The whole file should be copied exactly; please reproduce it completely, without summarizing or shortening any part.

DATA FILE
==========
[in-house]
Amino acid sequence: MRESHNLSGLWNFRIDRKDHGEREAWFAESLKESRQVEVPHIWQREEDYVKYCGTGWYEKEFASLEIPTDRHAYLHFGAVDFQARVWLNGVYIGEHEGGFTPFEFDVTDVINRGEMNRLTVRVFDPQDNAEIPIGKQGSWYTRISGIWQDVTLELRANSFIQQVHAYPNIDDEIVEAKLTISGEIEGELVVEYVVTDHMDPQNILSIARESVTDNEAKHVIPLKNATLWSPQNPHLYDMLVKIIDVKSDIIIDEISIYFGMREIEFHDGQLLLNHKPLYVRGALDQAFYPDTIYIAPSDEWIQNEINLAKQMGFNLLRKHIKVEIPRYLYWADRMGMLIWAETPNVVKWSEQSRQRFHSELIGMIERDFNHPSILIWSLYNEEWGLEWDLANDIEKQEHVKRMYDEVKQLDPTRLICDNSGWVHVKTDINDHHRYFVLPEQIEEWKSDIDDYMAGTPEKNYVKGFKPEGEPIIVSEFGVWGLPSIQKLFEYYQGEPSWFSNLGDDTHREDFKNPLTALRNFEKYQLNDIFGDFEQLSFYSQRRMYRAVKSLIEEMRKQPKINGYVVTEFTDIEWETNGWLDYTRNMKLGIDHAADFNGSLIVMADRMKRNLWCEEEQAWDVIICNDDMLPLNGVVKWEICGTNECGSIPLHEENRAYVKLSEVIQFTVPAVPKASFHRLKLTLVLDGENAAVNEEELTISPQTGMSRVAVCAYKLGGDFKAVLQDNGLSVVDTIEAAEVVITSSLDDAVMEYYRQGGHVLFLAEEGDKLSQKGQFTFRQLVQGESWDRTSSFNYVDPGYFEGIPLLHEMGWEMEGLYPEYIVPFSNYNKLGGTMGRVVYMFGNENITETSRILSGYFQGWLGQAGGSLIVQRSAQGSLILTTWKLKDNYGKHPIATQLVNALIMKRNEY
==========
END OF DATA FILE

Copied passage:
[in-house]
Amino acid sequence: MRESHNLSGLWNFRIDRKDHGEREAWFAESLKESRQVEVPHIWQREEDYVKYCGTGWYEKEFASLEIPTDRHAYLHFGAVDFQARVWLNGVYIGEHEGGFTPFEFDVTDVINRGEMNRLTVRVFDPQDNAEIPIGKQGSWYTRISGIWQDVTLELRANSFIQQVHAYPNIDDEIVEAKLTISGEIEGELVVEYVVTDHMDPQNILSIARESVTDNEAKHVIPLKNATLWSPQNPHLYDMLVKIIDVKSDIIIDEISIYFGMREIEFHDGQLLLNHKPLYVRGALDQAFYPDTIYIAPSDEWIQNEINLAKQMGFNLLRKHIKVEIPRYLYWADRMGMLIWAETPNVVKWSEQSRQRFHSELIGMIERDFNHPSILIWSLYNEEWGLEWDLANDIEKQEHVKRMYDEVKQLDPTRLICDNSGWVHVKTDINDHHRYFVLPEQIEEWKSDIDDYMAGTPEKNYVKGFKPEGEPIIVSEFGVWGLPSIQKLFEYYQGEPSWFSNLGDDTHREDFKNPLTALRNFEKYQLNDIFGDFEQLSFYSQRRMYRAVKSLIEEMRKQPKINGYVVTEFTDIEWETNGWLDYTRNMKLGIDHAADFNGSLIVMADRMKRNLWCEEEQAWDVIICNDDMLPLNGVVKWEICGTNECGSIPLHEENRAYVKLSEVIQFTVPAVPKASFHRLKLTLVLDGENAAVNEEELTISPQTGMSRVAVCAYKLGGDFKAVLQDNGLSVVDTIEAAEVVITSSLDDAVMEYYRQGGHVLFLAEEGDKLSQKGQFTFRQLVQGESWDRTSSFNYVDPGYFEGIPLLHEMGWEMEGLYPEYIVPFSNYNKLGGTMGRVVYMFGNENITETSRILSGYFQGWLGQAGGSLIVQRSAQGSLILTTWKLKDNYGKHPIATQLVNALIMKRNEY